# Symmedian

A **symmedian** of a triangle is the reflection of the median on the bisector.

In the above diagram, \(AM\) and \(AD\) are median and symmedian of triangle \(ABC\), respectively, with \(\angle BAD = \angle CAM\).

## Drawing a Symmedian

The most popular way to draw a symmedian of a triangle is this:

Let \(ABC\) be a triangle inscribed a circle with center \(O\). Draw tangents of the circle \((O)\) at \(B\) and \(C\), they meet at point \(P\). Then \(AP\) is the symmedian of the triangle \(ABC\).There is also another way of drawing a symmedian of a triangle:

Here is how we prove the way of drawing:

Let \(AM\) be the median of triangle \(ABC\). Let \(D\) be the intersection of line \(AP\) and the circle \((O)\). Let \(E\) be the foot of perpendicular from \(O\) to \(AD\). Then \(E\) is the midpoint of segment \(AD\).

\(\angle OEP = \angle OBP = 90^\circ\); so, \(OEBP\) is a concylic quadrilateral. This gives us \(\angle BEP = \angle BOP =\dfrac 12 \angle BOC = \angle BAC\). Also, \(\angle BDA = \angle BCA\); so we have triangle \(BED\) and triangle \(BAC\) are similar. But \(E\) and \(M\) are midpoints of \(AD\) and \(BC\), respectively; hence, triangle \(BDA\) and triangle \(MCA\) are similar, or \(\angle BAD = \angle MAC\).

Thus, \(AD\) is the symmedian of triangle \(ABC\).

From the upper two problems, we conclude to this result:Let \(ABC\) be a triangle inscribed a circle with center \(O\). Draw tangent of the circle \((O)\) at \(A\), it cuts line \(BC\) at point \(K\). From \(K\), draw tangent of the circle \((O)\) at point \(D\). Then \(AD\) is the symmedian of triangle \(ABC\).

Here is how we prove the way of drawing:

Let \(H\) be the intersection of \(OK\) and \(AD\). Because \(KA\) and \(KD\) are tangents from \(K\) to the circle \((O)\), \(OK\) is perpendicular to \(AD\), and \(H\) is the midpoint of segment \(AD\).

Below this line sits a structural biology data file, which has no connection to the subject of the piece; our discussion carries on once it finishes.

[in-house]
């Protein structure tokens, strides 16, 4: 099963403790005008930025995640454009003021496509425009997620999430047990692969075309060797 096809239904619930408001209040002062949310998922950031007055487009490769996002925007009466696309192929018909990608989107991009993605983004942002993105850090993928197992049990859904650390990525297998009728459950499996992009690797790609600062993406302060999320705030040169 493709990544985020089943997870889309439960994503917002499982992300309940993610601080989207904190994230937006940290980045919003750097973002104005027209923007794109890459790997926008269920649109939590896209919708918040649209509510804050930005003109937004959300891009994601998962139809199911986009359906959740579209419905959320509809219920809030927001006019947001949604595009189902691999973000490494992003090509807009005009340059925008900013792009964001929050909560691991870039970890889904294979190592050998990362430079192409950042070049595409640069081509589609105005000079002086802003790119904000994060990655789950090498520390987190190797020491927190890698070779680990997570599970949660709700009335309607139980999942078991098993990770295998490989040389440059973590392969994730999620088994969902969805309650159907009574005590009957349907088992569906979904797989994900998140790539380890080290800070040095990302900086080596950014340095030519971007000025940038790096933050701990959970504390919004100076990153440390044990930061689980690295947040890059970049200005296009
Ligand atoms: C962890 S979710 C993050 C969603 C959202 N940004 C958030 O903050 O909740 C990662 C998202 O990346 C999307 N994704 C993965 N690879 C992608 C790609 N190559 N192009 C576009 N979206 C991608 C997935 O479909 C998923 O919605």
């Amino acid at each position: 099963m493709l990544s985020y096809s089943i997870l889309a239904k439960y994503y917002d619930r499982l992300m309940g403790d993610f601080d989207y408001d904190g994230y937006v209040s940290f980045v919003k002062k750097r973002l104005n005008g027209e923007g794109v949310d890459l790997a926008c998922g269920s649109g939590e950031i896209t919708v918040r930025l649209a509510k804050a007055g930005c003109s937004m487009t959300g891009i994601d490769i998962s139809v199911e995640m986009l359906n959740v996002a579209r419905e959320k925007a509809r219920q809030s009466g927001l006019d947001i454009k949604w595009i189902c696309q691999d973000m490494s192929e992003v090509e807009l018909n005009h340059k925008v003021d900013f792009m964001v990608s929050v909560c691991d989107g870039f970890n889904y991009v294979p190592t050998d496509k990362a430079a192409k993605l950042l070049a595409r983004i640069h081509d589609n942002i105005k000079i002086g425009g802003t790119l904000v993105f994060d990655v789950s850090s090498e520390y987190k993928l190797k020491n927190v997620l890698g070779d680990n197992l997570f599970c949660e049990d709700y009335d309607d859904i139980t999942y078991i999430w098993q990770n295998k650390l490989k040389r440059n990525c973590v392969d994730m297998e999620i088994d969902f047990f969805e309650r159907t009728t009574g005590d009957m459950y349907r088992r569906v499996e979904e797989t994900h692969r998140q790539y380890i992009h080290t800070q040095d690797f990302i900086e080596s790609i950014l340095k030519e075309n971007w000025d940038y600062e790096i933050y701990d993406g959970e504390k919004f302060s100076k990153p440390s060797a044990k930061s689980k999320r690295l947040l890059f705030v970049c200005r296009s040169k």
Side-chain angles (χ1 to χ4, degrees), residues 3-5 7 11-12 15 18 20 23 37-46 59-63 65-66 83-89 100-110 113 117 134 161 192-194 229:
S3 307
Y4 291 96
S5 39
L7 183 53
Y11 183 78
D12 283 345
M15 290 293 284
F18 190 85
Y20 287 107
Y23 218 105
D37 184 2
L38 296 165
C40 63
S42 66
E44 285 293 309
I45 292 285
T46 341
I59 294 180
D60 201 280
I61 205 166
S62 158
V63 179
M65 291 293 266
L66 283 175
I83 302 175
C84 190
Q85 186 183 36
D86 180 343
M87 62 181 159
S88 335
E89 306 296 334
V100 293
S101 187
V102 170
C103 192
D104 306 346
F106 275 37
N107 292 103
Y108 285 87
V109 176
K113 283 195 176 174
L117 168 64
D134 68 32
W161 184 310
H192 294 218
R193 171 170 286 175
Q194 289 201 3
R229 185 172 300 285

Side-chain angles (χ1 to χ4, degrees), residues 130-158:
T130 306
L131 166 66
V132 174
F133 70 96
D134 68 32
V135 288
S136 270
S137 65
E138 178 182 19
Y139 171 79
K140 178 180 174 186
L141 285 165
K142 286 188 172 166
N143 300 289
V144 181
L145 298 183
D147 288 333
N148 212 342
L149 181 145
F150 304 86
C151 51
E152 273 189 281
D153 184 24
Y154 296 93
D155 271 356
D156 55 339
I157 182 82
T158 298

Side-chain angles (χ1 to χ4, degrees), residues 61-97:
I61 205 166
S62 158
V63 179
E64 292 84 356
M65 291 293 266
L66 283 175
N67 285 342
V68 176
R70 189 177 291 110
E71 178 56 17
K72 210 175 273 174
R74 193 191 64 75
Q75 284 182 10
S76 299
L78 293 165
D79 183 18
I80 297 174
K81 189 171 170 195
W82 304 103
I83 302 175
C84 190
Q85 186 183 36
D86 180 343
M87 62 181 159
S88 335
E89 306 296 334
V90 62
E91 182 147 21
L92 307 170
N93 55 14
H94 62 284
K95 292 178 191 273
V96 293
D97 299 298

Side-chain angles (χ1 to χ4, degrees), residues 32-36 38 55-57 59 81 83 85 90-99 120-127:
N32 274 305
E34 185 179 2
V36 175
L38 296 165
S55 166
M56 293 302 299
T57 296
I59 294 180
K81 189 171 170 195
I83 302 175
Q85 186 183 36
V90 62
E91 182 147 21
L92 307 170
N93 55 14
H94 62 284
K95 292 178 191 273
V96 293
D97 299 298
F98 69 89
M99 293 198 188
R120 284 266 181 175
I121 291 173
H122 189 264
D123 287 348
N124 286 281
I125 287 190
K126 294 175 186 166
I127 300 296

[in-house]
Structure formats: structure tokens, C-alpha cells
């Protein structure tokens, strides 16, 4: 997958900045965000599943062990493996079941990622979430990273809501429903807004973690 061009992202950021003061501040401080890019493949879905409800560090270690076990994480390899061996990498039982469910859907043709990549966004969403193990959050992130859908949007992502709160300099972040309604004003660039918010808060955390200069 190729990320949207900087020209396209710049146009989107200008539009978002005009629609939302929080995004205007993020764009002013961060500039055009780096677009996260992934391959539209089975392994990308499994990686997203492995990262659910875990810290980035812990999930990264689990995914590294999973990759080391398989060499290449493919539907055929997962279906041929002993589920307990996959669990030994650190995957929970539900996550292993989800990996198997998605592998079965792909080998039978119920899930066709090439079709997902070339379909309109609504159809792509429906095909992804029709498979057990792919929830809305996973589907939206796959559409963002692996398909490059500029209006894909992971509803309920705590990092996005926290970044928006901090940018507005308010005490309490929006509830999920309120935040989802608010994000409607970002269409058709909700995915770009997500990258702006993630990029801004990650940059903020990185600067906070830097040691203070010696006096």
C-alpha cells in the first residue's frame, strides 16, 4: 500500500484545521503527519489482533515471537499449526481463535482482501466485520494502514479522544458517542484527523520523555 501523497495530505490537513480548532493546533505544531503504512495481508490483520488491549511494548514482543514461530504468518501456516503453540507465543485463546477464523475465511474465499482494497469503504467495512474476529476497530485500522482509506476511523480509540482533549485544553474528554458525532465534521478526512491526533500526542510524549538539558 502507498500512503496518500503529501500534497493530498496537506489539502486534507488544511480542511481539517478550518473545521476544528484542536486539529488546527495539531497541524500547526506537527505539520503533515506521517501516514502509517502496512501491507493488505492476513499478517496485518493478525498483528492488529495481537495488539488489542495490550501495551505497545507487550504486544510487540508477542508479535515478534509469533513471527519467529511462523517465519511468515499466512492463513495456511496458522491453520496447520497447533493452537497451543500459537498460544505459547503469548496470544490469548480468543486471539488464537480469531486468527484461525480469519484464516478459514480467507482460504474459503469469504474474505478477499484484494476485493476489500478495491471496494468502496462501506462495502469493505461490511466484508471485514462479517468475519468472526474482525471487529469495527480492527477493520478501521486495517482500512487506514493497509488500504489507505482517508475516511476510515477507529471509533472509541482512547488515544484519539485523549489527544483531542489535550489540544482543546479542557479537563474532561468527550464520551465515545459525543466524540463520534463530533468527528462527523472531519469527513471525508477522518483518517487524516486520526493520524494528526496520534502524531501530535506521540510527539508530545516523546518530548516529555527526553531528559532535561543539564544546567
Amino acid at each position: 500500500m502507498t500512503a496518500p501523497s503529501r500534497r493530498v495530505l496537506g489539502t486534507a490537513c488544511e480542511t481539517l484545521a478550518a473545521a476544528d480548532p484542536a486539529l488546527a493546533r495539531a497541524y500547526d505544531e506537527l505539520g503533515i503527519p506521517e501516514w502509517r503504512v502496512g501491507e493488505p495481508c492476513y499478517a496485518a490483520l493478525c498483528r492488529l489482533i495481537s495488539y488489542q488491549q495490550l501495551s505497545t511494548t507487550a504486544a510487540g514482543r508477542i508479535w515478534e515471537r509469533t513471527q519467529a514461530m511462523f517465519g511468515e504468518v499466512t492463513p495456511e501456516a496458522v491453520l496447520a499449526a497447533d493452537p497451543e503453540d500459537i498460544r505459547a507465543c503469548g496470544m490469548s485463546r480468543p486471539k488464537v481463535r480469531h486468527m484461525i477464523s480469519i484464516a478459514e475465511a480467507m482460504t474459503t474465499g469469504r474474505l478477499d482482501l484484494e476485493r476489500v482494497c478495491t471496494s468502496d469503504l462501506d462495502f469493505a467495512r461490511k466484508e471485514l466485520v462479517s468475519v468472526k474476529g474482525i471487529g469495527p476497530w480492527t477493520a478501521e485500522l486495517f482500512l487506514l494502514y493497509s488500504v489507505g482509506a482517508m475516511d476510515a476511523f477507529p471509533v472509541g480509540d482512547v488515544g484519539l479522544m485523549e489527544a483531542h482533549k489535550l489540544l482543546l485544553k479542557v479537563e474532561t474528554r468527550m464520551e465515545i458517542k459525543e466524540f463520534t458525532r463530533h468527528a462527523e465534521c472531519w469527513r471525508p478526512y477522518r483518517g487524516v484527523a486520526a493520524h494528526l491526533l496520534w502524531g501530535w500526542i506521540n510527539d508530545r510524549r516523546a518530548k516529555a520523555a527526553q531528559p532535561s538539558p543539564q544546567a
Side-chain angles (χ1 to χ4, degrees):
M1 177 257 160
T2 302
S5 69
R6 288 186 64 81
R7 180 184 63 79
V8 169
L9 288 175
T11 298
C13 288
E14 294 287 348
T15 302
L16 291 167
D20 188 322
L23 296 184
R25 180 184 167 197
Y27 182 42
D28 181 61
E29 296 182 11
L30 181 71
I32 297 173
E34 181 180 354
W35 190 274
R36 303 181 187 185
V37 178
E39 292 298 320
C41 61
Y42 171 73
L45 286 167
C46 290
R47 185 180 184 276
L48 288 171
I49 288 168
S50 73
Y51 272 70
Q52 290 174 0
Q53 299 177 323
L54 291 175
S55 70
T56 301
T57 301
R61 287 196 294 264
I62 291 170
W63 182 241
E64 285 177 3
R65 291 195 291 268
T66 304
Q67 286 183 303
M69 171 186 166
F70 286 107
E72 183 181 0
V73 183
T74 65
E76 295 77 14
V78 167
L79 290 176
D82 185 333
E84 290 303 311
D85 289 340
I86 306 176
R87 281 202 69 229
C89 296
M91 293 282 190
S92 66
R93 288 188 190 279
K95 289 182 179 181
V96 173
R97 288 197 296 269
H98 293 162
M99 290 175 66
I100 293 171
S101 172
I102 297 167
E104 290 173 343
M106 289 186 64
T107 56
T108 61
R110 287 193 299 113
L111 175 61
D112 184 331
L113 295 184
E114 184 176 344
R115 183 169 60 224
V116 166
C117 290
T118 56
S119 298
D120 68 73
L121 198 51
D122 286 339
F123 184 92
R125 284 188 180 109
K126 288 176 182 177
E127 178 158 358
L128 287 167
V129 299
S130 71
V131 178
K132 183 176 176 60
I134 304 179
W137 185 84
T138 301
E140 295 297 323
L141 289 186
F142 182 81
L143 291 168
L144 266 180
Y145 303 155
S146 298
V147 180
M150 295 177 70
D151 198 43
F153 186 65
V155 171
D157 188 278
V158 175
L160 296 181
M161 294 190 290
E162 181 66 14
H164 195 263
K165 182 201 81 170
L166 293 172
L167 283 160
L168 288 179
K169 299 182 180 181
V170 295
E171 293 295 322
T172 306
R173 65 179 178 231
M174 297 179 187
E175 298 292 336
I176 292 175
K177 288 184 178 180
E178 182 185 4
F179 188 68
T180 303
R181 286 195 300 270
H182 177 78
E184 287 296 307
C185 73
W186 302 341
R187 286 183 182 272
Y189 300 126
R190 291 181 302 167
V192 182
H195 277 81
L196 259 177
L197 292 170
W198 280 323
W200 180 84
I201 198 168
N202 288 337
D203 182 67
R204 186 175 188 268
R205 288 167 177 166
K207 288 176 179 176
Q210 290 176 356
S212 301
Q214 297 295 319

\(KB \times KC = KA^2\) (the power of point \(K\)). But \(KA^2 = KH \times KO\); so, \(KB \times KC = KH \times KO\), which makes \(BHOC\) a concylic quadrilateral \(\Rightarrow \angle KHB = \angle OCK\).

Now, \(OH \times OK = OA^2 = OC^2 \Rightarrow \dfrac{OH}{OC}=\dfrac{OC}{OK}\). Hence, triangle \(OHC\) is similar to triangle \(OCK\); or, \(\angle OHC = \angle OCK = \angle KHB \Rightarrow \angle BHD = \angle CHD = \dfrac12 \angle BHC\).

But, \(\angle BHC = \angle BOC\) (property of concylic quadrilateral \(BHOC\)) \(\Rightarrow \angle BHD = \dfrac12 \angle BOC = \angle BAC\). The last part is the same as the upper example.

Let \(M\) be a point outside a circle with center \(O\). Draw tangents \(MA\) and \(MB\) to \((O)\), and a line \(MCD\) intersecting the circle \((O)\) at \(C\) and \(D\). Then line \(AB\) and tangents of \((O)\) at \(C\) and \(D\) are concur.

## Calculations

Consider the following diagram: Triangle \(ABC\) inscribed a circle with center \(O\). \(AD, AM\) are symmedian and median of the triangle, respectively (point \(D\) lies on the circle). \(AD\) intersects \(BC\) at \(N\). Let \(BC = a, CA = b, AB = c\).

The goal is to calculate \(NB, NC, AD\) and \(AN\).

To calculate \(NB\) and \(NC\) we can use this result:

Let \(ABC\) be a triangle. \(M, N\) are points on \(BC\) such that \(\angle BAN = \angle CAM\). Then \(\dfrac{NB}{NC}\times \dfrac{MB}{MC} = \dfrac{AB^2}{AC^2}\).If \(AN, AM\) are symmedian and median of triangle \(ABC\), respectively, then \(\angle BAN = \angle CAM\). Use the upper result, we have: \(\dfrac{NB}{NC} \times \dfrac{MB}{MC} = \dfrac{c^2}{b^2}\). But \(\dfrac{MB}{MC}=1\), the equation changes to:

From \(C\) draw a line parallel to \(AB\), it intersects \(AM, AN\) at \(E, F\), respectively. Then \(\angle CAM = \angle BAN = \angle CFA\), which gives us triangle \(CEA\) and triangle \(CAF\) similar \(\Rightarrow CE \times CF = CA^2\).

By Intercept Theorem, \(\dfrac{NB}{NC}=\dfrac{AB}{CF}\) and \(\dfrac{MB}{MC}=\dfrac{AB}{CE}\). Multiply them together, we have: \[\dfrac{NB}{NC} \times \dfrac{MB}{MC} = \dfrac{AB^2}{CE \times CF} = \dfrac{AB^2}{AC^2}\].

\[\dfrac{NB}{NC}=\dfrac{c^2}{b^2}\]

We write the equation in the form: \(\dfrac{NB}{c^2}=\dfrac{NC}{b^2}=\dfrac{a}{b^2+c^2}\). Hence,

\[NB=\dfrac{ac^2}{b^2+c^2}, NC=\dfrac{ab^2}{b^2+c^2}\]

Now, to calculate \(AD\), triangle \(ABD\) and triangle \(AMC\) are similar; so, \(\dfrac{c}{AM}=\dfrac{AD}{b}\)

\[AD=\dfrac{bc}{AM}\]

But, \(AM=\dfrac{\sqrt{2(b^2+c^2)-a^2}}{2}\) (see centroid), the equation changes to:

\[AD=\dfrac{2bc}{\sqrt{2(b^2+c^2)-a^2}}\]

The last thing is to calculate \(AN\). Let \(AN = x\) then \(DN = AD - x\).

\(NA \times ND = NB \times NC\) (the power of point \(N\)) \(\Rightarrow x(AD - x) = NB \times NC\).

Solve this quadratic equation, we have:

\[AN = x = \dfrac{AD + \sqrt{AD^2 - 4NB \times NC}}{2}\]